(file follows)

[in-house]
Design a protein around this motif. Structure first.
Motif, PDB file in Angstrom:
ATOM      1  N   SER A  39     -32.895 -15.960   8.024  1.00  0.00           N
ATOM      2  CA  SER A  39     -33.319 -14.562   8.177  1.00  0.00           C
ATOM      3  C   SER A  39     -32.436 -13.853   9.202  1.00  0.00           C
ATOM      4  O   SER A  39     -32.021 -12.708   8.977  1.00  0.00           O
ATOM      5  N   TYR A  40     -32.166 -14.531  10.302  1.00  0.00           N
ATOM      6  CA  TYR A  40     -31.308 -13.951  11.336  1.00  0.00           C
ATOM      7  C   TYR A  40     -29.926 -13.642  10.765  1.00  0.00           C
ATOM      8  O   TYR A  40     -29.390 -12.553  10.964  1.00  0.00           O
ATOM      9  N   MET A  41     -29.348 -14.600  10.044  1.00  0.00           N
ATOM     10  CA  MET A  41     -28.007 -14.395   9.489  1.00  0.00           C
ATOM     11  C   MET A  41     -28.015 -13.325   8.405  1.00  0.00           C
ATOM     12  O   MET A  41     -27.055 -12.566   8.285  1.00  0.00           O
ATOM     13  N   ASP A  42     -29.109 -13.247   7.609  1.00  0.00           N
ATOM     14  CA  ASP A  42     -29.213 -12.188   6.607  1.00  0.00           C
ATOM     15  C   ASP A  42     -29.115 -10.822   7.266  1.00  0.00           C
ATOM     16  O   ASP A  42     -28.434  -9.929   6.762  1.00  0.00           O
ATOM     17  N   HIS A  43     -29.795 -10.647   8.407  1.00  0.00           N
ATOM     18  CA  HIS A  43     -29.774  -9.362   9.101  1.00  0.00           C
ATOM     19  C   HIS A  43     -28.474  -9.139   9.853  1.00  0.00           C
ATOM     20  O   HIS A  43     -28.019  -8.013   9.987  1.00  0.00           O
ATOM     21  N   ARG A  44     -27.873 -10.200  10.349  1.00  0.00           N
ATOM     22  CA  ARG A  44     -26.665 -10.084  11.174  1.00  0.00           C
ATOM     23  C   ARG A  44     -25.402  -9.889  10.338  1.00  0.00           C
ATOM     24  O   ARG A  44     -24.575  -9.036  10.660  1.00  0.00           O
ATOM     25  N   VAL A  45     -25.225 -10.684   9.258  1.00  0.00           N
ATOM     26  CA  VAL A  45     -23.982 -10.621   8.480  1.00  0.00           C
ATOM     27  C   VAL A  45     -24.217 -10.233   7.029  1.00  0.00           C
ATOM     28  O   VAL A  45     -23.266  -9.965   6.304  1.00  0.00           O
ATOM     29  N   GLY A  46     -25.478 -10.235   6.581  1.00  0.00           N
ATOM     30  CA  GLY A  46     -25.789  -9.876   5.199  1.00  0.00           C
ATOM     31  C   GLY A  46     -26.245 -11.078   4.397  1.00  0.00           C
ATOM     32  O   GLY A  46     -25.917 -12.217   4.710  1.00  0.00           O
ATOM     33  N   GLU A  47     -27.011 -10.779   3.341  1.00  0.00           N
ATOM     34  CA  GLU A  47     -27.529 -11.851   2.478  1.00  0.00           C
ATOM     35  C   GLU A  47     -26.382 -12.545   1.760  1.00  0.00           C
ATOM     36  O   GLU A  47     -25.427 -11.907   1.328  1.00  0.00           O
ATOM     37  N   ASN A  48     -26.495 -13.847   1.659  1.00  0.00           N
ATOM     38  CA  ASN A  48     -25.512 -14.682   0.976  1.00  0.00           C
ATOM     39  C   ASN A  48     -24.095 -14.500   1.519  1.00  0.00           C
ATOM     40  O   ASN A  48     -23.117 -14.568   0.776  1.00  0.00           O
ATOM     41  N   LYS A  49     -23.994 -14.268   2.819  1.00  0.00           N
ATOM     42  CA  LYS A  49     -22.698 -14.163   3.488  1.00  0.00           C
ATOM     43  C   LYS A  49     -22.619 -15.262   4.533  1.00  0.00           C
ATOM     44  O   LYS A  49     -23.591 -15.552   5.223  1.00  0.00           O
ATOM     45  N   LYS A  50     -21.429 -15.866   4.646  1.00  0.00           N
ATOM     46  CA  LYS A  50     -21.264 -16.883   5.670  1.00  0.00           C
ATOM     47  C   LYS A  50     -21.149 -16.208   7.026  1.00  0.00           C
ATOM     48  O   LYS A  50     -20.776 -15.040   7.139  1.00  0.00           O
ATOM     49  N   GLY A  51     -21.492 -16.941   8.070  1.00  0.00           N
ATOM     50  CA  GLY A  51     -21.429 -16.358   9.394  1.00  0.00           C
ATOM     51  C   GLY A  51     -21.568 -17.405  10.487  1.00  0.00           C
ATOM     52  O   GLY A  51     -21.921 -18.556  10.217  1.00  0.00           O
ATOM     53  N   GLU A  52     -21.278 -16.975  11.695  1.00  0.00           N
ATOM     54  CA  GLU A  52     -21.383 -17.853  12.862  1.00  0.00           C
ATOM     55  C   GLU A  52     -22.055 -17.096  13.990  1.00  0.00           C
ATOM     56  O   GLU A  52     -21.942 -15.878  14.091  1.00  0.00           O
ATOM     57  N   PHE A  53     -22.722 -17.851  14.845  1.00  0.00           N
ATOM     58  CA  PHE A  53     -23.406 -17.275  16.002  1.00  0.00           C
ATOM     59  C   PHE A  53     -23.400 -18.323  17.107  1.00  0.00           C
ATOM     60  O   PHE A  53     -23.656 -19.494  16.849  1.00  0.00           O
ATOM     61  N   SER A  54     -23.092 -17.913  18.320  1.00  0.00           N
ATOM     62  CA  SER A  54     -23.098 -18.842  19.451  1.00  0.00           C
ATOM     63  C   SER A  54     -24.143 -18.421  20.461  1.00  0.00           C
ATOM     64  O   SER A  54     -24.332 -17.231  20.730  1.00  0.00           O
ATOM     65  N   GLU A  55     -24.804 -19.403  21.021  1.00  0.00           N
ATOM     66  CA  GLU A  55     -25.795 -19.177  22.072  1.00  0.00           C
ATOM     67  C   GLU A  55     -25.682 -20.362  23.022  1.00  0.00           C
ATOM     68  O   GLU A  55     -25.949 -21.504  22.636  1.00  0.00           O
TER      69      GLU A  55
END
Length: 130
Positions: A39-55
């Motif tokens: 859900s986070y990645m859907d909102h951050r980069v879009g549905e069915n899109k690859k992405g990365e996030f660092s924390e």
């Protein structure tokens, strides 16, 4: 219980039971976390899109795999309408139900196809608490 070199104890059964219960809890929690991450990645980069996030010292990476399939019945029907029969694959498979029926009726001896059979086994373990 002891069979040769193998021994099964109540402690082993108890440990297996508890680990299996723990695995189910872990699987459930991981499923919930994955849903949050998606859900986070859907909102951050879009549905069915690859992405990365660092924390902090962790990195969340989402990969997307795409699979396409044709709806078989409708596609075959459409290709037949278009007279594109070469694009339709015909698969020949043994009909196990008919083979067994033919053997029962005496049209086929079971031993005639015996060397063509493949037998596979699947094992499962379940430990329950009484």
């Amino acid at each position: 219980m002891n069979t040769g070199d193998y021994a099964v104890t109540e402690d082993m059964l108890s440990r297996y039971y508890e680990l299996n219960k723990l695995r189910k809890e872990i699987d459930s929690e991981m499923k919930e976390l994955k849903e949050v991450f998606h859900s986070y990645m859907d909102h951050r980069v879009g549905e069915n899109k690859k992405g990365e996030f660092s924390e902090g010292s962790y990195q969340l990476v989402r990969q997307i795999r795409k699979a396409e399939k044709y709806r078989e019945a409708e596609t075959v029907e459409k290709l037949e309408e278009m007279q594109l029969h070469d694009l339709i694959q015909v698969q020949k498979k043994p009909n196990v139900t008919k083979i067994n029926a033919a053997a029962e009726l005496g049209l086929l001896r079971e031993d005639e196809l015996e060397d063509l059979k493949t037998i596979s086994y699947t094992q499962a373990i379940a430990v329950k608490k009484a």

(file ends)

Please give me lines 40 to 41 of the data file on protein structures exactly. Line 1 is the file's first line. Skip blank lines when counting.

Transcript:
ATOM     37  N   ASN A  48     -26.495 -13.847   1.659  1.00  0.00           N
ATOM     38  CA  ASN A  48     -25.512 -14.682   0.976  1.00  0.00           C